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Are mice or rats (as pests) a potential area of animal welfare improvement?

by Louis_Dixon1 min read27th Apr 20216 comments


Wild animal welfare

Several of my friends have had mice or rats in their houses. Pest.co.uk claims (with a bizarre amount of accuracy) that there are 19,846,504 rats in London. I would guess that London has relatively few rats per person compared to other cities with less frequent garbage/waste disposal. 

In my friends' experience, humane traps don't work very well and so some of them regretfully use snap-style traps. 

How many rats are there in cities, and could this be a potential area to improve animal welfare? E.g. through banning cruel traps, or designing better humane ones. I'd be interested to learn if there are any organisations working on this. 

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Yes, I think mice are a potential area of animal welfare improvement. Charity Entrepreneurship wrote a report on an intervention for campaigning to ban the sale and use of glue traps, but they concluded it's not as cost-effective as donating to or working for existing top animal  welfare charities:

"Ultimately, we do not recommend banning the sale and use of glue traps as a way to improve welfare. Based on our research, this intervention does not look promising when considering counterfactuals due to the small amount of suffering prevented by averting a glue trap death. This is mostly because the alternative methods of pest control that would be most commonly used after a ban on glue traps appear to be rodenticides and snap traps, and death from rodenticides seems worse than from a glue trap. 

Although when compared to a glue trap death, a snap trap death looks better than a rodenticide death looks worse, the average amount of suffering averted is dragged down by this likelihood of replacement. Based on this and on our analysis of the cǒfounder counterfactuals, we do not recommend this charity get started this year. However, we think that it might be worth trying to convince an existing organization to do this intervention themselves.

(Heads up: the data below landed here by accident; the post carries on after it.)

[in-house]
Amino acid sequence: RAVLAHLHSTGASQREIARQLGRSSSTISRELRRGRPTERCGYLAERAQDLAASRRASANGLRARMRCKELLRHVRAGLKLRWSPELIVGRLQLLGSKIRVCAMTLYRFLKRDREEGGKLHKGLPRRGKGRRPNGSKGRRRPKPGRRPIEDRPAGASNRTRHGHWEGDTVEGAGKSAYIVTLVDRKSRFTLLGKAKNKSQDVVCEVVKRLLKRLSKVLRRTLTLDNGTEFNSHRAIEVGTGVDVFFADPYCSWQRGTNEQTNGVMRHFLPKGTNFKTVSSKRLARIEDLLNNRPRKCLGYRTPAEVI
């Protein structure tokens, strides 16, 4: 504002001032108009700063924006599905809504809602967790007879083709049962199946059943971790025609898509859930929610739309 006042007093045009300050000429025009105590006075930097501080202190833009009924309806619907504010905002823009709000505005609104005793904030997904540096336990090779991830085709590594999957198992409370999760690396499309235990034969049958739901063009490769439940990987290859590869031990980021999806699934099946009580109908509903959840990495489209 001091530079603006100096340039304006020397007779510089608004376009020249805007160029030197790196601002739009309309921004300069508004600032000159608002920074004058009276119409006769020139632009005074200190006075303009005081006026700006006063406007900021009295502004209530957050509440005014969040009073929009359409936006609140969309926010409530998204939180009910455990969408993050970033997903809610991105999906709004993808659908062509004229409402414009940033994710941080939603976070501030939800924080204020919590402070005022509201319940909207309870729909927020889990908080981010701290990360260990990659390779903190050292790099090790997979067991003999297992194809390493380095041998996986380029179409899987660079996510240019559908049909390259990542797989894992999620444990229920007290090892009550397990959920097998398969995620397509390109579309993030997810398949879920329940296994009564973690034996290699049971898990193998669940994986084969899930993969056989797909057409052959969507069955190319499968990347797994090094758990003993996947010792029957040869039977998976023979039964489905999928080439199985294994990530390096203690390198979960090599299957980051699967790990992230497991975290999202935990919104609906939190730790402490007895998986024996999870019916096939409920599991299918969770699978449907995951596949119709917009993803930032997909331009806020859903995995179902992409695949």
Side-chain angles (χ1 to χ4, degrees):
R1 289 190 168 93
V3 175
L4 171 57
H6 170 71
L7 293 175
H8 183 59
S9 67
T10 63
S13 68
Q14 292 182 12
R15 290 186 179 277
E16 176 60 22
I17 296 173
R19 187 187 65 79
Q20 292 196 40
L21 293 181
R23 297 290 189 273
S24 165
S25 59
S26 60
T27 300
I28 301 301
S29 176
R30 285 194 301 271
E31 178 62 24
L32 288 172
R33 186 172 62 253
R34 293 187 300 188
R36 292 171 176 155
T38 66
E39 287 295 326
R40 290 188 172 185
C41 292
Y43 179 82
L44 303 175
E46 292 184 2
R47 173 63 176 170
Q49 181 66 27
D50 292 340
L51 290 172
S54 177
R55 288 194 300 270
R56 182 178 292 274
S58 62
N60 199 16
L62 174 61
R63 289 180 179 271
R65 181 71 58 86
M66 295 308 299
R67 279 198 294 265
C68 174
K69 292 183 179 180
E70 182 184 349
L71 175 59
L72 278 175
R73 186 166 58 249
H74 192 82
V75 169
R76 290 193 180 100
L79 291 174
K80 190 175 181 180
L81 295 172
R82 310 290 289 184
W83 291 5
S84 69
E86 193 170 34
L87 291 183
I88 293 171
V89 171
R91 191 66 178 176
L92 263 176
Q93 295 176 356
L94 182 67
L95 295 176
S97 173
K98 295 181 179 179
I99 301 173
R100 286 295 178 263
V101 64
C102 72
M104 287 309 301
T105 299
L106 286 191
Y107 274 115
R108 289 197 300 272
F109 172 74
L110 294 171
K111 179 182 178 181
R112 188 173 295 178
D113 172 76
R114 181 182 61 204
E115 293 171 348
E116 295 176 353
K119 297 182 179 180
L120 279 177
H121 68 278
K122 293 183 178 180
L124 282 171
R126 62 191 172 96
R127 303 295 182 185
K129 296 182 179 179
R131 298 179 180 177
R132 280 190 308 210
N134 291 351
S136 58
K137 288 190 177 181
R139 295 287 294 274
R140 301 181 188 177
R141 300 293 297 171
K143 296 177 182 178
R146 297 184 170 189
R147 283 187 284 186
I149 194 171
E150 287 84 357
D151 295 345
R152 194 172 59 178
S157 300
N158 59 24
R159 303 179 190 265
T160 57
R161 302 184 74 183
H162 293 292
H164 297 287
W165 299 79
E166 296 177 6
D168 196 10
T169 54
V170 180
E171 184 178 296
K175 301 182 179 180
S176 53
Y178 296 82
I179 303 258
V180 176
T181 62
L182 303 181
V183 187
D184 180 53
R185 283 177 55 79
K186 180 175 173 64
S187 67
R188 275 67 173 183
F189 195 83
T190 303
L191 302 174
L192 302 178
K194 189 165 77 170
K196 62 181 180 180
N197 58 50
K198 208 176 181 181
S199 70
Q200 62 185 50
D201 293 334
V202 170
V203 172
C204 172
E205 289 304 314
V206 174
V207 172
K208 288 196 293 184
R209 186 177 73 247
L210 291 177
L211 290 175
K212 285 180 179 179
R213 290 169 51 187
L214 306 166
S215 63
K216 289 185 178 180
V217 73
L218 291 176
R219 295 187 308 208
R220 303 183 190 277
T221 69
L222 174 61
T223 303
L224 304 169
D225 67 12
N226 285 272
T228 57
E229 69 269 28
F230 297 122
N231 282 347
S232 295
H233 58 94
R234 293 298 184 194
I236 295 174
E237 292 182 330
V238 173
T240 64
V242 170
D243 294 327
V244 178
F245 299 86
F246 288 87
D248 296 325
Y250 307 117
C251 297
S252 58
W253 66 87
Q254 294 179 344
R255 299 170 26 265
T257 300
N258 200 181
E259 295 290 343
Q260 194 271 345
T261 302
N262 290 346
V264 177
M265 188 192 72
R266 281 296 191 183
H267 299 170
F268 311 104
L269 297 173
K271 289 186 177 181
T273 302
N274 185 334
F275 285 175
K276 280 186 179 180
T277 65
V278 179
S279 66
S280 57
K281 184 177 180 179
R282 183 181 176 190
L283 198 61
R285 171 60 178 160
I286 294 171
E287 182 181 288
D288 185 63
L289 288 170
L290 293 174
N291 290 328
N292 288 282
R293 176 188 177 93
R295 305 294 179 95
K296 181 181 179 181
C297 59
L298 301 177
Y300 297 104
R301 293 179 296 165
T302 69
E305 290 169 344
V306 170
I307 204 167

Also, their report also has a section on why snap traps are better than live traps or glue traps:

"Animal protection organizations ̈such as the RSPCA advocate for the use of snap traps over live traps and glue traps, and many pest control organizations also recommend using snap traps over glue traps."

Hi Louis, great question! Here are my thoughts.

How many rats are there in cities

I made some back-of-the-envelope calculations of this a year ago, the goal was to compare the cost of contraceptive treatment per rodent with the cost of contraceptive treatment per pigeon.

Not much has been published on this question, but there seem to be about 220 rats per  in Baltimore, if one extrapolates from the numbers presented in this paper.

Here are some other reports to cross-check against:
According to this report from a US agency, "the total rat population of New York City is estimated to be not more than 250, 000 or one rat for 36 persons". A similar claim is made here. Going by the ratio of rats to humans, both of these seem to be at least roughly in accordance with the Baltimore data, which is 47 000 rats and 619 000 humans. According to this source, where they try to estimate the density of rats in urban areas of the UK, "each rat has a rather spacious 5,000 square metres to roam around in." That means that there are 1 rat for every 0.005 , which is equivalent to 200 rats per . Also very close to the numbers for Baltimore.

could this be a potential area to improve animal welfare?

I think fertility control for rodents is promising, here are some somewhat related thoughts I have on contraceptives for pigeons. Although the only commercially available product for rodents that I'm aware of (ContraPest) is quite expensive as far as I can tell; see my back-of-the-envelope calculation.

There has recently been some really exciting progress on mouse and rat fertility control. There are several products already on the market that claim to reduce fertility but they could certainly use more development and third party rigorous testing to show effectiveness. I think that investing in developing, testing, and promoting fertility control methods is likely to have a high payoff. Doing so is also likely to be profitable to private companies and in the interest of various governments, so this is a good opportunity to leverage resources of larger non-animal-welfare focused institutions. 

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